Johannesburg - Food waste in South Africa amounts to more than 30% of our national food production. Fruit, vegetables and cereals account for approximately 70% of the wastage, but a huge percentage of this is still perfectly edible.

Because SA is a net exporter of food, the loss and waste amounts to 45% of the food potentially available to ease food insecurity. Developed countries such as the UK and US waste 45 to 48% of their production.

Some developing countries waste less than South Africa. The UN Sustainable Development Goal (SDG) 12.3 goal is to halve per capita global food waste by 2030 at the manufacturing and retail levels, and reduce food losses along production and supply chains, including post-harvest losses.

It’s against this backdrop that Chefs with Compassion announced that they’ve served their five millionth meal to food-vulnerable communities in South Africa.

Since May 2020, the organisation has worked tirelessly to rescue edible food that would otherwise go to waste, cooked nutritious meals using the rescued food, and fed hungry people.

And they have done so thanks to the support of an expansive network of 30 organisations supported by volunteers, corporate donations and food rescue efforts.

Chefs with Compassion, is a non-profit organisation that represents the collaborative efforts of five founding organisations and more than 30 kitchen hubs across the country.

But despite their incredible impact, chairman James Khoza.said they continued to face an ongoing funding crisis and the organisation is appealing to corporate organisations, the private sector, and civil society to support them in their fight against hunger and food waste.

“With the help of our funding partners from the corporate sector who have supported our mission from the start, we have been able to remain in operation since the pandemic. However, our resources are running dry and additional sponsors are needed for Chefs with Compassion to continue this essential work moving forward,” he said.

Chefs with Compassion captured the hearts and minds of South Africans with its annual #67 000 litres for Mandela Day campaign, which champions the spirit of collective action.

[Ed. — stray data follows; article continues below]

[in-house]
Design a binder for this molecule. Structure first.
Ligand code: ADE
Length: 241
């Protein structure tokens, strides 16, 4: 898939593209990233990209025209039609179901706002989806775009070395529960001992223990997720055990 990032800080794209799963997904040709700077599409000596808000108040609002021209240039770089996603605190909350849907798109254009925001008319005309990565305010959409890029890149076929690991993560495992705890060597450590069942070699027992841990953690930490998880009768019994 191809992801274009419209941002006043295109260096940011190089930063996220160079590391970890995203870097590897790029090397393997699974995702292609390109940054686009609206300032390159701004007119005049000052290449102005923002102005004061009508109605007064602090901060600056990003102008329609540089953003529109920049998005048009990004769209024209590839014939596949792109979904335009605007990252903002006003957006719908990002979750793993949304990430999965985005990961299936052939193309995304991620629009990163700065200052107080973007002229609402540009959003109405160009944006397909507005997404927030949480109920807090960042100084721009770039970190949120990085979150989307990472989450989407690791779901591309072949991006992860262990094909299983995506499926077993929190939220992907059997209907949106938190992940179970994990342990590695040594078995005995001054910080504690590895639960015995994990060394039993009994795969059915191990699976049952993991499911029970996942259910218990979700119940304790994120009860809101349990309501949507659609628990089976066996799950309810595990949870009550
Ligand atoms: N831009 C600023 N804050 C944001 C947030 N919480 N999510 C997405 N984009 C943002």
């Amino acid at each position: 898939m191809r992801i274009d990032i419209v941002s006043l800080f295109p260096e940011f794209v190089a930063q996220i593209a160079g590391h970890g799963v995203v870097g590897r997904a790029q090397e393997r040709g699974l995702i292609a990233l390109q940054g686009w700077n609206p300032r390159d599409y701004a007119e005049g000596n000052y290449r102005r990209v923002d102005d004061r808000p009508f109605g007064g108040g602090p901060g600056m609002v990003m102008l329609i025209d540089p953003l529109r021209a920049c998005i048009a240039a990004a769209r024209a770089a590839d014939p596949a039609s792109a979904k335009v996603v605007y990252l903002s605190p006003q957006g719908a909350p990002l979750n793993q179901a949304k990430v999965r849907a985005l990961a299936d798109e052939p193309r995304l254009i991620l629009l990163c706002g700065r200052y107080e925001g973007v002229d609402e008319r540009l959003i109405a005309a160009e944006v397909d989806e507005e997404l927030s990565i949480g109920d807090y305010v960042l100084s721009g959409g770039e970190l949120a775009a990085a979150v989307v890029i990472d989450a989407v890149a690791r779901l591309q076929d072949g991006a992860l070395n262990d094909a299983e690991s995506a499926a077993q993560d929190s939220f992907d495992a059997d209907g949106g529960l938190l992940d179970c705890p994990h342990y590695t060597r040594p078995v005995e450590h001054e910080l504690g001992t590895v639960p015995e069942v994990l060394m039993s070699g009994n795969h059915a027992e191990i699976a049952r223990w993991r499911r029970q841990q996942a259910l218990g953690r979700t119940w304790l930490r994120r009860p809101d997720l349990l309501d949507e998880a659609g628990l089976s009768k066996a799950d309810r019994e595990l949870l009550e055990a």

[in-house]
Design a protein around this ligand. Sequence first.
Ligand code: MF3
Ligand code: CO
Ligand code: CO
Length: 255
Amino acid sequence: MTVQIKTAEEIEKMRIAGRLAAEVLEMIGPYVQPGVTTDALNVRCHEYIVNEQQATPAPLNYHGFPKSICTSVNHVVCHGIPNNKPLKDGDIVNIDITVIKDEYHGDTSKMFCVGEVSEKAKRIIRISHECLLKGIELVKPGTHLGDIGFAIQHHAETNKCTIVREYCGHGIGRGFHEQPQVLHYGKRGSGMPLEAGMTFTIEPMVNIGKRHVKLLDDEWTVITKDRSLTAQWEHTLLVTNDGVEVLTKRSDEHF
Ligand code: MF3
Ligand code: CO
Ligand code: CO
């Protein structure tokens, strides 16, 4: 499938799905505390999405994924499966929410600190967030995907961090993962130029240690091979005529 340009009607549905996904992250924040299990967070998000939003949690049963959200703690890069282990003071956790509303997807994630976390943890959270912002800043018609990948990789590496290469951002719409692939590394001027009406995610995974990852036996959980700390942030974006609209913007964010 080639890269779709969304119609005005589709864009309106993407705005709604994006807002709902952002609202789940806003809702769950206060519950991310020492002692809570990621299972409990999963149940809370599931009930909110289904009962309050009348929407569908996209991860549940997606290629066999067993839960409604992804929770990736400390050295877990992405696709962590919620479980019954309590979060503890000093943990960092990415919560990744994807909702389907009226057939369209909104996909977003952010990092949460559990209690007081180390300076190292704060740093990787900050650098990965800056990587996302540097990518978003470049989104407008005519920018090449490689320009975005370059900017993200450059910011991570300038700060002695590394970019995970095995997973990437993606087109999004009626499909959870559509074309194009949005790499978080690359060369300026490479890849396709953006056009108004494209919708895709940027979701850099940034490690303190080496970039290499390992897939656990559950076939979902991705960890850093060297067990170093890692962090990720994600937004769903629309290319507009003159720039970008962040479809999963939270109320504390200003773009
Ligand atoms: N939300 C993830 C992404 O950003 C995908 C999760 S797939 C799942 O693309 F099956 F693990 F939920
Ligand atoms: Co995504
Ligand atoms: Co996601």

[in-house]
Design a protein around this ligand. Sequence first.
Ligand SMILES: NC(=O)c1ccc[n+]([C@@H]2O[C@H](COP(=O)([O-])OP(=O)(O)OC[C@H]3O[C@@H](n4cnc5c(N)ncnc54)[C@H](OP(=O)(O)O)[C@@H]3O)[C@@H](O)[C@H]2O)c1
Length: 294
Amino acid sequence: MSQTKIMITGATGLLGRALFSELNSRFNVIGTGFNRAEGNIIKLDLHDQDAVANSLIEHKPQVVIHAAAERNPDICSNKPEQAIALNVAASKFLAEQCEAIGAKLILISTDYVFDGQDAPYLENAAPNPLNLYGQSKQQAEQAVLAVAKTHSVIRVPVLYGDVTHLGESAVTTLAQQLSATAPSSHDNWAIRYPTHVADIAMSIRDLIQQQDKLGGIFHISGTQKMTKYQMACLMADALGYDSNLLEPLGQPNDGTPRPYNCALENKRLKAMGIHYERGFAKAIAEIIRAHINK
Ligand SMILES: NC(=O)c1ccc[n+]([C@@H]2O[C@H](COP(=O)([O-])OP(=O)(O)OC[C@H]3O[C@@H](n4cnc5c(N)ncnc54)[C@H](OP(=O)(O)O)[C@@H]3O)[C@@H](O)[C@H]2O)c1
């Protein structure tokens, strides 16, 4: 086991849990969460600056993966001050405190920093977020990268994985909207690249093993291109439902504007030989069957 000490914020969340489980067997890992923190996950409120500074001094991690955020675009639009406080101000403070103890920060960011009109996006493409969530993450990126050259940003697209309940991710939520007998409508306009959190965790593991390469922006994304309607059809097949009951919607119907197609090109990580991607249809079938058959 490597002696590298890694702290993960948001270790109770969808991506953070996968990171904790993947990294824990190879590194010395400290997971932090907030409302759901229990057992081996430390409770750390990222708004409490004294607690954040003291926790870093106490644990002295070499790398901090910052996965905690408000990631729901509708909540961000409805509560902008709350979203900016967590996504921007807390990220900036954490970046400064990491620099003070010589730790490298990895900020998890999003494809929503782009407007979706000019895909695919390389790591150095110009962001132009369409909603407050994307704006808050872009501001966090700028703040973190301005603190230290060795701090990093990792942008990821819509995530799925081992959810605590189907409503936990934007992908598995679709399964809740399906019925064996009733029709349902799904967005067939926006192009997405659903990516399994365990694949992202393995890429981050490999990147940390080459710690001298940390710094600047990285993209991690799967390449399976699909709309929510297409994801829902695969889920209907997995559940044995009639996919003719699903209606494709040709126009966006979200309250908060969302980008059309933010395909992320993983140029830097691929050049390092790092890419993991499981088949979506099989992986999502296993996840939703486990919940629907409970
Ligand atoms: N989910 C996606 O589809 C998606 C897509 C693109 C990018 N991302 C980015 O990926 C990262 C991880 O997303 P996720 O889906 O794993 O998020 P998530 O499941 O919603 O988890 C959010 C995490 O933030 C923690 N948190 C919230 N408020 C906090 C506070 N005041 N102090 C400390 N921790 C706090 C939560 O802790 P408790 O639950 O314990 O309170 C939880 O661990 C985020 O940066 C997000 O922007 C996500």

For the last three years, hundreds of chefs, culinary schools, home cooks, and community caterers spent 67 minutes cooking for hungry South Africans all over the country on Mandela Day, providing more than 980 000 cups of soup served collectively.

Founding director and national project manager of Chefs with Compassion, Coo Pillay, stressed that it was important not to waste food and to teach this to children.

“While the average person may not realise the effect of food waste, as to them it's just a piece of cheese or ¼ of a cucumber, we tend to forget the impact once you add all household wastage,” he said.

Pillay added that this was not just food waste, but also the resources used to make that food item. From farmers to delivery drivers, manufacturers to retailers all contribute to daily meals.

The effort, money, fuel, and other resources used to ensure that households have the food that is now being thrown into a garbage bag headed for a landfill is also wasted.

Pillay added that it’s not only in SA that the food waste stats are alarmingly high.

“Trends show that rich countries waste more than developing countries. Just as global warming has been addressed and countries are working together to come up with solutions on reducing the impact, this too must happen with food waste. It is only if we work together that we alleviate this major crisis we have,” he said.

Founding director of Chefs with Compassion and founder of NOSH Food Rescue, Hanneke van Linge, said the consequences of food waste were significant.

“Wasted food means wasted resources along every step of the value chain, including water, energy, fuel and land. It also directly contributes to greenhouse gas emissions, as rotting food produces methane, a potent greenhouse gas that contributes to climate change.

“Teaching children not to waste resources is crucial, as they are the upcoming generation of consumers. But in order to inculcate such behaviour, teachers and parents also need to be educated and encouraged to adopt and pass on more responsible consumption patterns,” he said.

Here are some tips for households to ensure that food does not go to waste:

– Planning your meals.

– Buying and consuming only what is needed.

– Do not over-purchase items that get lost inside a grocery cupboard or freezer, and then have to be disposed of months later.

– Don’t over-prepare or cook food – cook only what you require.

– One ingredient many uses.

What meals can be prepared to reduce food waste?

Hearty pot meals can be prepared and then portioned off and frozen and heated up when required.

This also allows buying in bulk if needed or if you are saving money, but also ensures you are not wasting ingredients.

Be creative when ingredients start to look boring. Treat it as a Masterchef Mystery box challenge as we do at CWC – we never know what we are rescuing until it arrives at our kitchen.

Keep meals simple and not too complicated. Focus on the taste, that is most important.

Which foods have a long shelf life and which do not?

Fresh produce and fresh meats are most vulnerable and perishable. However, if prepped and packaged correctly, they could last in the freezer for a long time.

Canned foods are definitely the longer lasting items, but it contains preservatives which are not great for one’s health.

Fresh ingredients are highly recommended and if you prep it correctly it does freeze very well.

The Saturday Star

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2023-05-21T13:15:59Z dg43tfdfdgfd